Lecture 1: Traditional Knowledge: Art is Spirit, Spirit is Art
The passing down and embodiment of traditional knowledge and Indigenous visual knowledge forms the basis of life among Indigenous communities. In this lecture, we bring to the forefront how contemporary Indigenous artists are flipping the script by embracing and drawing upon traditional knowledge as a way of seeing, living, and creating outside the Western perspective.
Lecture 2: Inuit Art: Resourcefulness and Innovation
For thousands of years Inuit and their ancestors made their own clothes, built their houses, hunted, and raised families. In this lecture, we examine Inuit art through the lens of societal values and language, exploring how Inuit resourcefulness has influenced the modern world in architecture, fashion and technology, as well as the way we view the land in a rapidly changing climate.
Lecture 3: The Entangled Gaze: How Indigenous Artists Viewed Colonial Settlers
In this lecture we explore the complex history of contact in different regions of Canada and the contiguous USA through the lens of Indigenous artists who were creating at this time. By reversing the gaze of the European and Euro/American/Canadian artists, this lecture answers the question of how Indigenous artists viewed, and were able to capture, the European other.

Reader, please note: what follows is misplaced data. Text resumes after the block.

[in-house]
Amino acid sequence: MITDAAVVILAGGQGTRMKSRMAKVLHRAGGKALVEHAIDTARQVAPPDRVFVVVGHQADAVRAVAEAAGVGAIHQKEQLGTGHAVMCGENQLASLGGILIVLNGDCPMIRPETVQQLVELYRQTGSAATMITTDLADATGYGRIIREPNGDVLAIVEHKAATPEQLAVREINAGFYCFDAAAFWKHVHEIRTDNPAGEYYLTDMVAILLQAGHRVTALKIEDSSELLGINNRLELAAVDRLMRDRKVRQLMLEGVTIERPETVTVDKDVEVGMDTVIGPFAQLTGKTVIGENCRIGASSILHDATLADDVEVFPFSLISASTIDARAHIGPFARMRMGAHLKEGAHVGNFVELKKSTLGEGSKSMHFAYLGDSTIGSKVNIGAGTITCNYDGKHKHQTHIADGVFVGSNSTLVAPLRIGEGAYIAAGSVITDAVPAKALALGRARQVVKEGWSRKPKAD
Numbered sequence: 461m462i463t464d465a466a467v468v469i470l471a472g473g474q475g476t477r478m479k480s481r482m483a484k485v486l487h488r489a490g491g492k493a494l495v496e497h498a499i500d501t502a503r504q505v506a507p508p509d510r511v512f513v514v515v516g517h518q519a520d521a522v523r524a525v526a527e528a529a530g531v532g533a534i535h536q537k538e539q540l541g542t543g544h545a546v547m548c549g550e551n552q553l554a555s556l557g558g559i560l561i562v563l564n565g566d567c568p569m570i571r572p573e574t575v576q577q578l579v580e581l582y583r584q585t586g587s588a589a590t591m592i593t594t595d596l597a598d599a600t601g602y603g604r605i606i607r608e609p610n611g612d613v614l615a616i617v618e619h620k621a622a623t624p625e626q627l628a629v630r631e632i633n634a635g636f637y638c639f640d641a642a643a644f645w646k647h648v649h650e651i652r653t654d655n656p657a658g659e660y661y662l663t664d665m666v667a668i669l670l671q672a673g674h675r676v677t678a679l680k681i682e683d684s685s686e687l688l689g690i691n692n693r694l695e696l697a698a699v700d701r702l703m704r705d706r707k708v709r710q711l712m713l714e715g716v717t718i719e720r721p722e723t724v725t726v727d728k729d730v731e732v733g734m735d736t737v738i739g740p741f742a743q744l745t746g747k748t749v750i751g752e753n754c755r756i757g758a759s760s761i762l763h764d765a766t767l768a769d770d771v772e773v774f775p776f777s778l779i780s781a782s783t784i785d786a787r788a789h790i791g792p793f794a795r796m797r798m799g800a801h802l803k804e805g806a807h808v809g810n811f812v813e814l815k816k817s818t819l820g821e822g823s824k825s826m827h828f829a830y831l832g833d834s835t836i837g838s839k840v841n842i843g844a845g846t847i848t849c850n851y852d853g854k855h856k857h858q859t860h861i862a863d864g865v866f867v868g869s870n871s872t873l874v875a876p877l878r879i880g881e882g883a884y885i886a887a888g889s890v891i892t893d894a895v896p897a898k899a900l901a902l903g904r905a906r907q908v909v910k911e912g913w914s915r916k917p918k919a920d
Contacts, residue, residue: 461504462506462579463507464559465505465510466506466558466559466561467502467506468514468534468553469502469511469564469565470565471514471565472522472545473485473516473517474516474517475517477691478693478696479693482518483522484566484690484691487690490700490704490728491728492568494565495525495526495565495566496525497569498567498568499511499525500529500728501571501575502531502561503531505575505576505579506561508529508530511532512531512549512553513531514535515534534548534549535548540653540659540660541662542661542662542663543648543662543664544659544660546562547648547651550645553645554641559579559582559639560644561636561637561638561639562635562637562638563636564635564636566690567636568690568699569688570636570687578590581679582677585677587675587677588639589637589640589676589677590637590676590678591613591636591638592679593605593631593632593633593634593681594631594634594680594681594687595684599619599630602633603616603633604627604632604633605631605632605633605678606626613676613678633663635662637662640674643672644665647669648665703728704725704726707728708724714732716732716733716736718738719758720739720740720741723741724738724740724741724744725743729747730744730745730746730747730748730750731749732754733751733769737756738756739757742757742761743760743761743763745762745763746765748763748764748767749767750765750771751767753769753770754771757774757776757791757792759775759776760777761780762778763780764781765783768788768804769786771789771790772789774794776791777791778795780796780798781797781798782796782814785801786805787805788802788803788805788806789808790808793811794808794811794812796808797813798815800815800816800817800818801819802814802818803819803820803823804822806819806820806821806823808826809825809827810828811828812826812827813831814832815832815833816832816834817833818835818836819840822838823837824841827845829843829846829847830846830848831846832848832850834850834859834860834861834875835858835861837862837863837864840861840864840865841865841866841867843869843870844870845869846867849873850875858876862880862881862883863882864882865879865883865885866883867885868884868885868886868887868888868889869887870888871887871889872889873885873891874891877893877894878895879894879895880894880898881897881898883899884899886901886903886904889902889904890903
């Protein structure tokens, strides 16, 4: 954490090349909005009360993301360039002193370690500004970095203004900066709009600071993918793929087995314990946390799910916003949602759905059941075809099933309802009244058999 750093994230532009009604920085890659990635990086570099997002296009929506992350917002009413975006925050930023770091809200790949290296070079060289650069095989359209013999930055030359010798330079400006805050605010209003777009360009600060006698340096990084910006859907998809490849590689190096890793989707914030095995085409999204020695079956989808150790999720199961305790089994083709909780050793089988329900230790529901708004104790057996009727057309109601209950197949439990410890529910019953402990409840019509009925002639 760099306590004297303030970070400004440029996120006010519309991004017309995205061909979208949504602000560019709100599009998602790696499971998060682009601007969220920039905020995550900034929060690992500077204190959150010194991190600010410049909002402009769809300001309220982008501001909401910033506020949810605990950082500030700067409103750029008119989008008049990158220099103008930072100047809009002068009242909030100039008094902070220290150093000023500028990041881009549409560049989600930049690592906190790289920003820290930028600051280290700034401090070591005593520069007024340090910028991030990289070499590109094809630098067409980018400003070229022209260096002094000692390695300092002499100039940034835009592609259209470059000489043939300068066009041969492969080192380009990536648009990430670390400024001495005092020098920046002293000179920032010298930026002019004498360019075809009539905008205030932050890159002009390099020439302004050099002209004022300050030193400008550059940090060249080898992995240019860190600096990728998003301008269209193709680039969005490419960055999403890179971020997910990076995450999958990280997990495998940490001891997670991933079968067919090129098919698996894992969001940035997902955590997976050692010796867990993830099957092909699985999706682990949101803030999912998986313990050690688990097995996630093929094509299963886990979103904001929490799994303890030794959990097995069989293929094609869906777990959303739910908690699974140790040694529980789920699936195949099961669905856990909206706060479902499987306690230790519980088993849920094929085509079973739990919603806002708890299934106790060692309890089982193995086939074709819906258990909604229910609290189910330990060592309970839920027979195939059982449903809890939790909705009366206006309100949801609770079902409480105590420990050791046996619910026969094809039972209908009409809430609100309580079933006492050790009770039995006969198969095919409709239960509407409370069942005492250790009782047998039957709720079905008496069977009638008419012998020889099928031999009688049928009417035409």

Lecture 4: Struggle, Resilience, Beauty: The Art of Iljuwas Bill Reid (1920-1998)
Iljuwas Bill Reid (1920–1998) was a gifted artist who catalyzed the reclamation of Haida culture and went on to become one of the most significant Northwest Coast artists of the 20th Century. During his fifty-year career, he prolifically created art while also advocating for the inherent rights of the Haida people in defending their land and way of life—leaving behind a legacy of struggle, collective resilience and powerful beauty making.
Lecture 5: Reversing the Gaze: Re-enactment in Indigenous Art
Have you ever wished to be somewhere or someone else? In this lecture we explore the tradition of re-enactment—the interpretation, commemoration and renegotiation of moments of the past—and how Indigenous artists use it to take control of narratives and dismantle stereotypes, creating deeply empowering works of imagination.
Lecture 6: From the Arctic to the Amazon: Indigenous Art in a Global Perspective
At opposite ends of the earth, the Arctic and Amazon regions are inhabited by Indigenous peoples who have successfully survived intense climates. This lecture draws a sharper focus on how much Indigenous communities from diverse geographic locations have in common when they come into contact with each other. While each region shares features of colonial exploitation, through art they have also created a common space of contemplation and knowledge generation.